| July 06, 2016
Digital marketing has been a huge gift to hotel marketers. Just one click that indicates interest in staying somewhere will bring a barrage of hotel ads to your digital device. No more print runs with the latest deal on a three night stay in New York, they can customize an offer precisely targeted to what you are looking for… so long as they read your behavior right.
The hotel category, like so many service categories, seems fixated on sales activation, which is why I was very intrigued when I read that Premier Inn, the UK hotel chain owned by Whitbread, had deliberately focused attention on building brand predisposition, in contrast to its industry’s usual focus on calls to action.
I first learned about Premier Inn’s strategy from a Warc case study titled, ‘Premier Inn: Changing the face of budget hotels’ by Jeremy Poole. The case study won a Silver Institute of Practitioners in Advertising Effectiveness Award in 2014, indicating that there was pretty good evidence that the brand’s marketing campaign had been effective.
As a quick bit of background, Premier Inn is a relatively young brand and is positioned as a budget brand, competing with brands like Travelodge. The big challenge was to establish the brand in a commoditized market and during the Great Recession when people wanted to be sure that their money would be well spent. Rather than focusing on price point, the brand’s campaign promised a great night’s sleep and used the strapline “Everything's Premier but the price”.
The decision to focus on a good night’s sleep was part of a deliberate strategy to move upstream in customer’s decision making process, focusing their pitch and ad spend to create salience and positive expectations, not a call to action. Responding to a suggestion that the ‘sleep’ positioning was intended to allay people’s fears about staying at a budget hotel brand, Marketing Director Russell Braterman had this to say in a Marketing Week interview,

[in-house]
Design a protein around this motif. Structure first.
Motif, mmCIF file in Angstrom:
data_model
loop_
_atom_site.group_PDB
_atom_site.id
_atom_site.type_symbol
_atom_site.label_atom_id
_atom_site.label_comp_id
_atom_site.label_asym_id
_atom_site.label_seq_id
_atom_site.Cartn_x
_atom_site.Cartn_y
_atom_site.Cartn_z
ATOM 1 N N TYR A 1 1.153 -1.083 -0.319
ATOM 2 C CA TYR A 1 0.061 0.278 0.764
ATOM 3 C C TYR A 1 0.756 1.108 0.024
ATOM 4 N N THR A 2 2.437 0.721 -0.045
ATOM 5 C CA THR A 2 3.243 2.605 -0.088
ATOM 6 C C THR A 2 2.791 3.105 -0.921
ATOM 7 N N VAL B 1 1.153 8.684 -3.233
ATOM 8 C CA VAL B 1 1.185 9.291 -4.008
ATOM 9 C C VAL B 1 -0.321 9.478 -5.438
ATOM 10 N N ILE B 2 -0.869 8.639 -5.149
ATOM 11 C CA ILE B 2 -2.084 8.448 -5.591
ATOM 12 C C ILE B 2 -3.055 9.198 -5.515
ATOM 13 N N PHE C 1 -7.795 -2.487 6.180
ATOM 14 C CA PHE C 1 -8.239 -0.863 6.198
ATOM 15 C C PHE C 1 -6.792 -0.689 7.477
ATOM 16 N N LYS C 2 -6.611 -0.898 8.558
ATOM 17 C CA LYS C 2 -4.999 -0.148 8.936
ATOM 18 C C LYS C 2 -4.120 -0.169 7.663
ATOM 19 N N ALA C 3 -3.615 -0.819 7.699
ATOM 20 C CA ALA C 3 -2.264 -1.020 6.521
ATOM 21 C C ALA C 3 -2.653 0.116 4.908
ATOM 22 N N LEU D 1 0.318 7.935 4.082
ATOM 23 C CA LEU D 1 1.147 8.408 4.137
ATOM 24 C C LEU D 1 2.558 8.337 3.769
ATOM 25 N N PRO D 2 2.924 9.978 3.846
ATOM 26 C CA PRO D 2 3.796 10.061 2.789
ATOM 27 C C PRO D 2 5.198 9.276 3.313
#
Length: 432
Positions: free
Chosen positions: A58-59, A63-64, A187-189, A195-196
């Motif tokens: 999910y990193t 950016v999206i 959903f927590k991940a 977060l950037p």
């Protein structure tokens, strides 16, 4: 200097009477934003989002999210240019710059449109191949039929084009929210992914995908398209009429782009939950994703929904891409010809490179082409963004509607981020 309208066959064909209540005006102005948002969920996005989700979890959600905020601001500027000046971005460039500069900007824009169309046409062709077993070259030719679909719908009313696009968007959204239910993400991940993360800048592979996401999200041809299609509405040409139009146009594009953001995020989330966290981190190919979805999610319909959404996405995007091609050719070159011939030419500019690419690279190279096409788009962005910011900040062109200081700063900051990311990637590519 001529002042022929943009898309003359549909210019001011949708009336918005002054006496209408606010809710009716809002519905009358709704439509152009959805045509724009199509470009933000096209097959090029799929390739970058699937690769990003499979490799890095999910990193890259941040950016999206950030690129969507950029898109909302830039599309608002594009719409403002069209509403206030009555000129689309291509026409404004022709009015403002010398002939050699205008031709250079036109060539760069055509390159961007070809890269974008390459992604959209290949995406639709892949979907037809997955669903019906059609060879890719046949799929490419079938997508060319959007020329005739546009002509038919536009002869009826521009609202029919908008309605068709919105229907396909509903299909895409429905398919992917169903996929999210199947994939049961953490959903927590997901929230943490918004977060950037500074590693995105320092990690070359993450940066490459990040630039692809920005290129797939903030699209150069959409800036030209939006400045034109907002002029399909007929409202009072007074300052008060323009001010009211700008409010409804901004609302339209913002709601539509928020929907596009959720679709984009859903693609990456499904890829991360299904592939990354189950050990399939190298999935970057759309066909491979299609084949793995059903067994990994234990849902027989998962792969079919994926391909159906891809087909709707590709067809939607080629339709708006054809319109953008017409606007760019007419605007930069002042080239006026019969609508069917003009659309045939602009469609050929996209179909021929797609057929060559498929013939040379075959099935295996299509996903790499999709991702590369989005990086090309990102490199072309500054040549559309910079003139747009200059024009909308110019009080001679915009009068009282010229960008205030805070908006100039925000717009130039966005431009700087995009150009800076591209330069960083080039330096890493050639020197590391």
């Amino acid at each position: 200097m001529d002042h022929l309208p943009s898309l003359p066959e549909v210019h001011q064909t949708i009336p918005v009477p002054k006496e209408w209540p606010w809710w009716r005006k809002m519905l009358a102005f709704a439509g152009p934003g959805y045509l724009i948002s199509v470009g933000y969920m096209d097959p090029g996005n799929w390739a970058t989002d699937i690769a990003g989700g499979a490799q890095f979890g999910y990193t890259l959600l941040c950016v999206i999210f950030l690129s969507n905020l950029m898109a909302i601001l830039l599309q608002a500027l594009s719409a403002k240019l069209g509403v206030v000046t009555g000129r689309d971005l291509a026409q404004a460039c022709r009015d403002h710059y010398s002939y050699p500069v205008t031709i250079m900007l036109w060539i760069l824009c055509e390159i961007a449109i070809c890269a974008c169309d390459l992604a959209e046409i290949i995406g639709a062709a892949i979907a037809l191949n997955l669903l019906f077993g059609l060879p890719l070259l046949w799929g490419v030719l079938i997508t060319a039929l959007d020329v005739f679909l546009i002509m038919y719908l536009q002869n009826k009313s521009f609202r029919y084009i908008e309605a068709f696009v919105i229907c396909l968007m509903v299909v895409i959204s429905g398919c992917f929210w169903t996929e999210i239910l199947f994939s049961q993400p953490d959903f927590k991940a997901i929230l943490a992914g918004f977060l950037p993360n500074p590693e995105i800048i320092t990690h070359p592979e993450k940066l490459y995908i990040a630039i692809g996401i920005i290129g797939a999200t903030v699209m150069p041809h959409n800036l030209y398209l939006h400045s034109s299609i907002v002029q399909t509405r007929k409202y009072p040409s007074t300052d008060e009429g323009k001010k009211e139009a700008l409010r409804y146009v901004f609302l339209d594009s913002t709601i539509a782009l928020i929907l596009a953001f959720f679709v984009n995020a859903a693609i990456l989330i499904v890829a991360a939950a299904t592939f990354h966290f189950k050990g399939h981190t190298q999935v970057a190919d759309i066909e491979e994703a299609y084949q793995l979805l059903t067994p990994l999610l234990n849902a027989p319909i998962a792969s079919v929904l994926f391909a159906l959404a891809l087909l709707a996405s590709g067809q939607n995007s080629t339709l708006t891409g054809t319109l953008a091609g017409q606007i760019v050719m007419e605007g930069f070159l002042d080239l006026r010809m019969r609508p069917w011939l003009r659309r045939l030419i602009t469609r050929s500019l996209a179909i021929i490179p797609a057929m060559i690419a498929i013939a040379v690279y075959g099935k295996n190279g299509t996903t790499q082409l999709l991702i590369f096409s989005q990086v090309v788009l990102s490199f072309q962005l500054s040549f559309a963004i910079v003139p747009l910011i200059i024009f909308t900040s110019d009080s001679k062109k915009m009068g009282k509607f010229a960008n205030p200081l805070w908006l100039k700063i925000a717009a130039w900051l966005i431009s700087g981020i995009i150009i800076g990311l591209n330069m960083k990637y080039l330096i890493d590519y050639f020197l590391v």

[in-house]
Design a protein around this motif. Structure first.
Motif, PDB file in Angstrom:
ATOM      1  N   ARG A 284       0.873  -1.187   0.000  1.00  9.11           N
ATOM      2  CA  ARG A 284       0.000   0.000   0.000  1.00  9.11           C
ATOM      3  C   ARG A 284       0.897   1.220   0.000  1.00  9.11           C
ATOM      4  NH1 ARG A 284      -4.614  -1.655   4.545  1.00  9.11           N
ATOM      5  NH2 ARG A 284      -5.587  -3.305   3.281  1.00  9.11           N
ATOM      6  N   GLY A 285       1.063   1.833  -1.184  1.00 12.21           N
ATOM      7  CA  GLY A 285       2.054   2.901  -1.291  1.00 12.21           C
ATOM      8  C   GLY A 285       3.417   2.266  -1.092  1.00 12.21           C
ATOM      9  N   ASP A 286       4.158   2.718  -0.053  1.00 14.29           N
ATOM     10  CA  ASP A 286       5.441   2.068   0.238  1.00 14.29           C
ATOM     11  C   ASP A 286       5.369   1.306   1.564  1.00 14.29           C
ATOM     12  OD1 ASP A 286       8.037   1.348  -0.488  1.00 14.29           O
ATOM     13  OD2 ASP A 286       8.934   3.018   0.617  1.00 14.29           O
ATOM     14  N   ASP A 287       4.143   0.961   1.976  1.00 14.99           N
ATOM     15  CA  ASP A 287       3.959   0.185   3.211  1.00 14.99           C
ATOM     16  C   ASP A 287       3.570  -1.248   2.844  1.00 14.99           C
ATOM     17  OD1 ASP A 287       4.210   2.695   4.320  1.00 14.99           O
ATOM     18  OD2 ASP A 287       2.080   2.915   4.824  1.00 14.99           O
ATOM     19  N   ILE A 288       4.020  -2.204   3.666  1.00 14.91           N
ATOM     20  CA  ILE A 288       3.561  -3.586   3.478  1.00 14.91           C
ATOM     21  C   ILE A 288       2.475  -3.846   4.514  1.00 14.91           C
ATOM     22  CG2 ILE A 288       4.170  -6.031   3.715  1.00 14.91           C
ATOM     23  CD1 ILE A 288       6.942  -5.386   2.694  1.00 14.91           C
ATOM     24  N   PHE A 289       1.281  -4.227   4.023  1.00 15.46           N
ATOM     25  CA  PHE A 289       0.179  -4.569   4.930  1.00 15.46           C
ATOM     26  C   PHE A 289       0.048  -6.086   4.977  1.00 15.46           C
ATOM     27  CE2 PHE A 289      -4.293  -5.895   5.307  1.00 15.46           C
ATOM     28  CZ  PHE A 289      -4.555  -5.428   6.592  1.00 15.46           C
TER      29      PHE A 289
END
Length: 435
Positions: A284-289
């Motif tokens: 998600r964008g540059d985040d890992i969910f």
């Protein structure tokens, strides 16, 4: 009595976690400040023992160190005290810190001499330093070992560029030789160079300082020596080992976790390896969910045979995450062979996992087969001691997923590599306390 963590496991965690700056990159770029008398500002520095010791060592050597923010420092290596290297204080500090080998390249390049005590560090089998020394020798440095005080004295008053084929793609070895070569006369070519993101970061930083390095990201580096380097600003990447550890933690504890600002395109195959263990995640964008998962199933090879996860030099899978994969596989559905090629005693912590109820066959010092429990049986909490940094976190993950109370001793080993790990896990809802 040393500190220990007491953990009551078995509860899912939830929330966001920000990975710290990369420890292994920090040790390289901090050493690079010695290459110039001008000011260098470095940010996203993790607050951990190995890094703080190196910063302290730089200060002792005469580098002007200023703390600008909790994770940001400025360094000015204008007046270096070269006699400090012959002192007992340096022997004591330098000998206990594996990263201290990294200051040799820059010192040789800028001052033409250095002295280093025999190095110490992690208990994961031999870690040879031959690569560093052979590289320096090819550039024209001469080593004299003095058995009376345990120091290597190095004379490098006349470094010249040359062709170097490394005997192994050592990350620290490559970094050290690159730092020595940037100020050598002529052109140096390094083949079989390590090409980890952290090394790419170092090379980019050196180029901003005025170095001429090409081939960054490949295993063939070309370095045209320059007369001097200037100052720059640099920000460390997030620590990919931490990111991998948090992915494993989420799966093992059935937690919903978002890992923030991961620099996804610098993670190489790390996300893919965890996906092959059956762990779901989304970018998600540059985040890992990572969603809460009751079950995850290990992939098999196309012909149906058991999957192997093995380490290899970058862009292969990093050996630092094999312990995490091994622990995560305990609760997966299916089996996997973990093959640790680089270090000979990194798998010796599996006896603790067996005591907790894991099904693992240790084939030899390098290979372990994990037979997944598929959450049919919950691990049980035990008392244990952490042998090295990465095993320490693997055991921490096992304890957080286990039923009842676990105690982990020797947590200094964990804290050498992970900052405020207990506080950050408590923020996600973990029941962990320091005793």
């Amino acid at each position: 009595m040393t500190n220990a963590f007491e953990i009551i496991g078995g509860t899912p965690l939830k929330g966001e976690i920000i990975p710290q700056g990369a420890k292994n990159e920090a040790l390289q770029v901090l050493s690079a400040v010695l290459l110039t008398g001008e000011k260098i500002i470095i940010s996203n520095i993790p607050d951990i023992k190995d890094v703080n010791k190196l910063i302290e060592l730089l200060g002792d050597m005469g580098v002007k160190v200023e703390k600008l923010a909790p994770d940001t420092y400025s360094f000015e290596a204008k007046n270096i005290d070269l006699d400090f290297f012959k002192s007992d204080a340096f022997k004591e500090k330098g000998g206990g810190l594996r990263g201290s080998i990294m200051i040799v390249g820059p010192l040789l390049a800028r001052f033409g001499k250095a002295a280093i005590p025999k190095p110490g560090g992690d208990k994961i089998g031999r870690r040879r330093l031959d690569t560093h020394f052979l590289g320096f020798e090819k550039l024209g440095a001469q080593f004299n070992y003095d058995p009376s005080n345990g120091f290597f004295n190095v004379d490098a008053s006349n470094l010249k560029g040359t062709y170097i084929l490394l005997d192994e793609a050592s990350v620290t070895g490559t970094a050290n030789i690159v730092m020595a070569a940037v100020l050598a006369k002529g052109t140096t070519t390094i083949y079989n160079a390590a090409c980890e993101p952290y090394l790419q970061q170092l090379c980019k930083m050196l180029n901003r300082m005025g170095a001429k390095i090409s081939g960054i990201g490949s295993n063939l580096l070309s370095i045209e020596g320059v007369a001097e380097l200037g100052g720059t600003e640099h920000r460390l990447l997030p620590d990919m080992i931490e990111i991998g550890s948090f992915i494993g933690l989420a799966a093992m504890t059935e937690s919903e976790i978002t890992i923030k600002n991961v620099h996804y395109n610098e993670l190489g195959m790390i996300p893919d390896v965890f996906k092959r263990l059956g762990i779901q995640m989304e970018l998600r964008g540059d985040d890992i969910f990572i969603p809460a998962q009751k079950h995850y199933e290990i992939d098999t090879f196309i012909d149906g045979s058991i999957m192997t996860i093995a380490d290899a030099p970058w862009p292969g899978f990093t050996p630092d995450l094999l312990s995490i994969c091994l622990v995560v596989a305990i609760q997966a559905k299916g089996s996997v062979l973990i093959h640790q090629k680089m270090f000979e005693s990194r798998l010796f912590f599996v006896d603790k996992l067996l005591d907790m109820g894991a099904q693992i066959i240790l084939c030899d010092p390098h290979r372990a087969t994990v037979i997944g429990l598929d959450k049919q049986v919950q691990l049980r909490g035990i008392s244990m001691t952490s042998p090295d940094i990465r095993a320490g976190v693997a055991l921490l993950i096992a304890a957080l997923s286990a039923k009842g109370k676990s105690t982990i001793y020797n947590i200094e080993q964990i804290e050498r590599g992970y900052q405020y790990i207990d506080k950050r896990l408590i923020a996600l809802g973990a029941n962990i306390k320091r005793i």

“It’s not about allaying concern, it’s about ‘what are we ultimately here to do?’. It’s true that budget hotels in general fulfil a more functional trip experience compared to a luxury indulgence experience; we’re not here to do that. We have appeal right across the board – there are very few people who reject Premier Inn and we have very broad brand acceptance – but all of them ultimately need a good sleep experience, otherwise we’re not fulfilling our purpose as a hotel.”
The Warc case study demonstrated that Premier Inn’s success was not just due to increased availability and that on a like-for-like basis the brand improved room occupancy and revenue per room. A quick bit of analysis using BrandZ data finds that Premier Inn commands a perceived price point 32 percent higher than might be expected given the average for the hotel category in the UK. It makes me think there might be something to this brand predisposition thing after all, what do you think? Please share your thoughts.